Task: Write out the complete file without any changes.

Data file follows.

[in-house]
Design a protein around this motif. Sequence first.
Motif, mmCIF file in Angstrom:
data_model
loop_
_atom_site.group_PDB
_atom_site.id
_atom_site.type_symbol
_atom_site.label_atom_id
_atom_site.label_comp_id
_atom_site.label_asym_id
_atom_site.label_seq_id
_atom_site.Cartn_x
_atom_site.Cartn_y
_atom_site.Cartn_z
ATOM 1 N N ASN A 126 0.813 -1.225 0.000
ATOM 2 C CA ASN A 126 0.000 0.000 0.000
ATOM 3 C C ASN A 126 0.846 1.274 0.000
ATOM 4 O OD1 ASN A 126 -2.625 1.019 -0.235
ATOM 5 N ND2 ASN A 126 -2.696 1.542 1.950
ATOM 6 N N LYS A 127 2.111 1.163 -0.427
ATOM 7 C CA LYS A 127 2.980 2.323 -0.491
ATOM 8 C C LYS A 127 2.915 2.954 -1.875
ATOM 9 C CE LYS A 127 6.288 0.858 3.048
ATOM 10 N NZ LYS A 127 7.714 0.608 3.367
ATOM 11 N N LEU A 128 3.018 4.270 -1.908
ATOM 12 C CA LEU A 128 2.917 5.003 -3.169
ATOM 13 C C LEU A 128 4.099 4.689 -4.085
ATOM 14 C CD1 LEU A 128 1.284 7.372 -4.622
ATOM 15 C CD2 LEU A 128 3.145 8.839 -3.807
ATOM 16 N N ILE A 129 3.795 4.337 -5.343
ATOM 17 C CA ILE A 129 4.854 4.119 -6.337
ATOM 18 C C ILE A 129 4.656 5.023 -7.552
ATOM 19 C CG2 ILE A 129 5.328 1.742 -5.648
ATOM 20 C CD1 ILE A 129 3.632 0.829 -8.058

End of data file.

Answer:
[in-house]
Design a protein around this motif. Sequence first.
Motif, mmCIF file in Angstrom:
data_model
loop_
_atom_site.group_PDB
_atom_site.id
_atom_site.type_symbol
_atom_site.label_atom_id
_atom_site.label_comp_id
_atom_site.label_asym_id
_atom_site.label_seq_id
_atom_site.Cartn_x
_atom_site.Cartn_y
_atom_site.Cartn_z
ATOM 1 N N ASN A 126 0.813 -1.225 0.000
ATOM 2 C CA ASN A 126 0.000 0.000 0.000
ATOM 3 C C ASN A 126 0.846 1.274 0.000
ATOM 4 O OD1 ASN A 126 -2.625 1.019 -0.235
ATOM 5 N ND2 ASN A 126 -2.696 1.542 1.950
ATOM 6 N N LYS A 127 2.111 1.163 -0.427
ATOM 7 C CA LYS A 127 2.980 2.323 -0.491
ATOM 8 C C LYS A 127 2.915 2.954 -1.875
ATOM 9 C CE LYS A 127 6.288 0.858 3.048
ATOM 10 N NZ LYS A 127 7.714 0.608 3.367
ATOM 11 N N LEU A 128 3.018 4.270 -1.908
ATOM 12 C CA LEU A 128 2.917 5.003 -3.169
ATOM 13 C C LEU A 128 4.099 4.689 -4.085
ATOM 14 C CD1 LEU A 128 1.284 7.372 -4.622
ATOM 15 C CD2 LEU A 128 3.145 8.839 -3.807
ATOM 16 N N ILE A 129 3.795 4.337 -5.343
ATOM 17 C CA ILE A 129 4.854 4.119 -6.337
ATOM 18 C C ILE A 129 4.656 5.023 -7.552
ATOM 19 C CG2 ILE A 129 5.328 1.742 -5.648
ATOM 20 C CD1 ILE A 129 3.632 0.829 -8.058